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With so many mobile and online payment options, you might rarely have a reason to write a check. In the event you do need a check to pay a bill or put down a deposit, you could discover the checks in the back of a drawer have an old address.
The good news is this doesn't automatically mean you have to request a new checkbook. If your checks show an old address, you may still be able to use them.
When You Can Use a Check With an Old Address
You can still use a check with an old address if it has the correct routing and account numbers. Financial institutions use routing and account numbers to identify which bank and account money should come from to pay a check.
If these numbers are valid, financial institutions can typically process the payment, and you can use the rest of the checks in the book. In the meantime, it's still a good idea to confirm that your bank is aware of your new address to ensure you receive bank statements and other important account information.
Consider also letting the check recipient know the address on the check is old and update them with the new one. Otherwise, you may not get a receipt or any other form of follow-up correspondence they send because it could be sent to your old residence.
When You Can't Use a Check With an Old Address
If your routing and account numbers have changed along with your address, you can't use the check. Without an accurate way to identify your account, the financial institution attempting to process the check won't know where to draw the money from.
Closing an account and switching bank accounts is the most obvious situation where your routing and account number may change. In this case, you'll need to order new checks. Keep in mind that knowingly writing a check from an account that's closed or has insufficient funds could be considered "writing a bad check"—a form of fraud—so it's always best to confirm a check is good before using it.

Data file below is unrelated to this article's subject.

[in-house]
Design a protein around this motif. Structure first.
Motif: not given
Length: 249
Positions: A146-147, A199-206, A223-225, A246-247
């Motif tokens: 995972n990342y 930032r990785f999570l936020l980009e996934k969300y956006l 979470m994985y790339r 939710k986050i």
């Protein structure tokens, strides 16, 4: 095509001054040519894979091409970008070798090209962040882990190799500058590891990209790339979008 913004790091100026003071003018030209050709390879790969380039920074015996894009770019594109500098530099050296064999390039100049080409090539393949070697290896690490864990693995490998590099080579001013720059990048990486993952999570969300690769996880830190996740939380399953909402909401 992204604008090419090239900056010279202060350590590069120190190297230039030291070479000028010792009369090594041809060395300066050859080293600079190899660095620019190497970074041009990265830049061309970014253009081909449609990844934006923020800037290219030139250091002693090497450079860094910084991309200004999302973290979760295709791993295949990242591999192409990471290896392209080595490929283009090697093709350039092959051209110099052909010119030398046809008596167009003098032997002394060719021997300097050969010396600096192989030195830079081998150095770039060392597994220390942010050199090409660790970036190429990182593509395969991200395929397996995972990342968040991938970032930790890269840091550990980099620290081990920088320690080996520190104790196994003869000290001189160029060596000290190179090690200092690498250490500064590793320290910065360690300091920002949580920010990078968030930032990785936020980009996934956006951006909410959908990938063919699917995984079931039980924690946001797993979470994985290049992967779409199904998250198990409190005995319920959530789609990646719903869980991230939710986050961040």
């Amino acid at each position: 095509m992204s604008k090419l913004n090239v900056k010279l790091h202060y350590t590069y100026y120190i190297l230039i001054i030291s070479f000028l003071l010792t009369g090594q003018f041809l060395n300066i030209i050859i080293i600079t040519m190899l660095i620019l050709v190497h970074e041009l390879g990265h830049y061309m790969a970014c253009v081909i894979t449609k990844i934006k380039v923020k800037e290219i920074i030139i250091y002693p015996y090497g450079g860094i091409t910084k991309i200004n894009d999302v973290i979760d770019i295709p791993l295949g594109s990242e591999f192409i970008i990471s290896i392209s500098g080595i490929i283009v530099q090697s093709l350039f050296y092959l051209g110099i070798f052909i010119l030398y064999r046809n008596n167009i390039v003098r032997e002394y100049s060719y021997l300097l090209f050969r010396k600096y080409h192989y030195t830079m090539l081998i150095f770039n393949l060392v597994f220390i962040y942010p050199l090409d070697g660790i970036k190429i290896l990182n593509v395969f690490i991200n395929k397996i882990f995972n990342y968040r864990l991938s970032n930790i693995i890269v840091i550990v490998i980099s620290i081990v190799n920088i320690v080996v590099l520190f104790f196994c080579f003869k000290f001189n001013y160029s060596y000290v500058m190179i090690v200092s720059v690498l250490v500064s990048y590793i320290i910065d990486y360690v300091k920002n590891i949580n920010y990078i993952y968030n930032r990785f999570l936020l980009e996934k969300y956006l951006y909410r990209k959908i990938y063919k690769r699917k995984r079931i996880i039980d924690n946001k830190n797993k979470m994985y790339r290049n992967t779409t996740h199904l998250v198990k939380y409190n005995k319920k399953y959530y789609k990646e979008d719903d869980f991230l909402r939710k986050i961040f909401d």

Another situation where your routing number may have changed is if your bank merged with another one. The old routing number could be retired and replaced with a new one, so ask your bank if it's still valid.
What to Do if You Need a Check
If you can't use the checks you have, here are some other options:
- Order new checks. Often, you can order checks through your online or mobile account dashboard. Check the terms of the account for details on any fees the financial institution may charge for checkbooks.
- Get a counter check. If you're pressed for time and can't wait for checks to come in the mail, some banks offer counter checks. These are blank checks from your account that you can purchase at a branch for a few dollars.
- Get a cashier's check. If you can't get a counter check, banks may offer cashier's checks, which usually come with a small fee.
- Get a money order. Purchasing a money order from the post office or elsewhere could be another quick option in a pinch.
- Consider alternative payment methods. If you're trying to give money to someone you know, you could consider signing up for a peer-to-peer money transfer app, such as Cash App or Venmo, instead of using a check. If you're paying a merchant or service provider, you could ask if you can send payments through PayPal or another service with purchase protection.
While check usage is becoming less common, it's still a form of payment that some people or service providers may request. Pulling out your checkbooks from time to time to see if they're valid can help ensure you're prepared if you are asked to write a check.